3D Designing & 3D Printing
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I had just joined as the CMD, Tamil Nadu Handicrafts Development Corporation in September 2014, than I was asked to go to Jammu & Kashmir as election observer in November 2014. I had started a series of innovations including development of an e-Commerce site for Poompuhar. But the beauty of technology is such that nothing needs to remain pending if the leader is away. Everything can and will still continue if one can communicate with my team of officers, staff and developers over the Internet, using Facetime, Skype etc. The Hon’ble Minister Rural Industries and Labour Mr. P.Mohan, launched 17 innovations/initiatives on 16th December 2014.
One of the major things I did while at J&K was to write out two proposals for consideration under the State Innovation Fund of the State Planning Commission. I imagined that 3D designing and printing could be used in handicrafts for creation of trivia in large numbers. That imagination went into the creation of the proposal for a Design Research and Development Centre (DRDC) involving 3D designing and printing. Similarly, our artisans who create those exquisite hand crafted products are nameless, faceless human beings, who just manage to survive on their art. The real beneficiaries are the middlemen. That thought gave rise to a proposal for an e-repository of Artisans...
Both proposals were considered and deliberated in the meeting of the State Planning Commission headed by Mrs.Shantha Sheela Nair IAS (Retd) and Mr.S.Krishan IAS, the Principal Secretary to Government, Planning & Development. I am thankful to my Boss Mr.Harmander Singh IAS for encouraging me and getting the sanction of the Government of Tamil Nadu for the proposals and issuing Government Orders for establishing a DRDC at our Corporate Office and for creating an e-Repository of Artisans for Rs.1.68 Crores and Rs.1.00 Crore respectively! Both will be firsts in India!
3D Designing and Printing in Handicrafts
Lest the Connoisseurs of the art go up in arms against my idea of using 3D designing and 3D Printing, let me explain what I am proposing. You have to carefully listen to and understand what I am trying to communicate. During my visits to the Poompuhar production centers, I have understood the method of making bronzes. First the artisan creates a mold of the proposed bronze in wax. This will take anywhere between 10 hours to 100 days depending on the complexity of the bronze proposed. Then the perfect mold is put inside a box of mud and heated, the wax melts and is flushed out through a runner. This is called the lost wax process. Into the empty space now created, the bronze mix is now poured and heat allowed to dissipate. Then the box is broken and the rough bronze is taken out and after a lot of handwork using different tools and machines that exquisite bronze that you see at our showrooms emerges! The USP of bronzes is that no two similar pieces are exact replicas. If there are hundred pieces of the same design made, all hundred pieces will be unique, because hundred hand made wax molds are used. There are two things here to be noticed. One, for each item of bronze, there has to be separate mold. Second, the moment the wax melts, the IP is lost! The IP is only in the mind of the artisan. They simply are in no position to monetize their IP!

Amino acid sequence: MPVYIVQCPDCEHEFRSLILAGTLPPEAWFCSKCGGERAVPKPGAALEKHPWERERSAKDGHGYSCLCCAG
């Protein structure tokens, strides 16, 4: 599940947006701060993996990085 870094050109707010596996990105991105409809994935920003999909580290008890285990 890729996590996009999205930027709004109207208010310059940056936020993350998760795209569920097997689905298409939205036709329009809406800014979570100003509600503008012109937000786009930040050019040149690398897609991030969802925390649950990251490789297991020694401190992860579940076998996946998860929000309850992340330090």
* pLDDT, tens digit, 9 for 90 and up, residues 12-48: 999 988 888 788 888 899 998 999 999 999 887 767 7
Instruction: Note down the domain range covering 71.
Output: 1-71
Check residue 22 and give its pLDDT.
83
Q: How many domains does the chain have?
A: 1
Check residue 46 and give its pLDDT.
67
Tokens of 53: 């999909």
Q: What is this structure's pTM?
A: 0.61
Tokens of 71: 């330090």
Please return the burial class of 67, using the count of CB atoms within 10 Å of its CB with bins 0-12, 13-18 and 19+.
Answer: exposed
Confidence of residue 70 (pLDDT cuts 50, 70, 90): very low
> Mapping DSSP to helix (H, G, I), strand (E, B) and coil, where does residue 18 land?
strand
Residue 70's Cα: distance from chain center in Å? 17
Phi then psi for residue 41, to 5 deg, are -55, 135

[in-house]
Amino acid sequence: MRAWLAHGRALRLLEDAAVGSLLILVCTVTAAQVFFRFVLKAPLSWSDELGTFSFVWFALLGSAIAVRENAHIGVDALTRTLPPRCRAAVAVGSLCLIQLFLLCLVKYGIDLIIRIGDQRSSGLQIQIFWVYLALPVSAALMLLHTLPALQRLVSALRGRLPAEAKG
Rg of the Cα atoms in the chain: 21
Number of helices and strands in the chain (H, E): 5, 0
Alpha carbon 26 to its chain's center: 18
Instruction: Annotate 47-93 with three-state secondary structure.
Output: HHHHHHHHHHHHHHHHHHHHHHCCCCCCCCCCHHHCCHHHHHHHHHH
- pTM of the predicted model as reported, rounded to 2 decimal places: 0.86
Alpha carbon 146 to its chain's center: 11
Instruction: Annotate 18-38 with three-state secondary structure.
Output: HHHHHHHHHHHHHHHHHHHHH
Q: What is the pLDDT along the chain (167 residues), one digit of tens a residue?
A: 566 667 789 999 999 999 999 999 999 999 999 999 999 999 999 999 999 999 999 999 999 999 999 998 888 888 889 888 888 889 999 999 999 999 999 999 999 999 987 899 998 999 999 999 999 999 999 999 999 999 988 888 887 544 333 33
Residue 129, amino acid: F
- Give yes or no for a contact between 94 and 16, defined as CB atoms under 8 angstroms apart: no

I am not suggesting for a moment that the lost wax process be abandoned. What I ma suggesting and we have proved is that we can either design on the computer the image of the bronze that we want, or scan an already made bronze on the 3D scanner, and print out a plastic mold of the same. This plastic mold then goes into making the number of wax molds that we want depending on the order, and the same lost wax process is done. So instead of wasting thousands of Artisan hours, we just create wax mold replicas in matter of minutes and then come out with the bronze in the same old way!
This way we can mass produce Tamil Nadu’s iconic structures which can be sold as trivia, just like they well the models of the Eiffel Tower in Paris or Statue of Liberty in New York that cost anywhere between 2 dollars to 200 dollars? Why shouldn’t we carry Tamil Culture to the rest of the world while we travel abroad? Why shouldn’t our Artisans benefit from this use of the latest technology? It is for precisely this reason that I am introducing 3D designing and printing technology. I am sure an Artisan who is adept at his art can also be trained to migrate to designing his product on a computer using 3D design software that is available in the market. He should be able to save his work on the computer and apply for patent for his design, and he should be able to monetize his creativity. We keep seeing multiple copies of the newly laid design in the market within days of the original coming out!
We are coming up with a showroom inside the international terminal T4 of the Chennai Airport. We plan to put up takeaway gift boxes inside which will be at least 10 pieces of Tamil culture, weighing about a kilogram, made through 3D molds. Lets see whether this will create a market for our Artisans.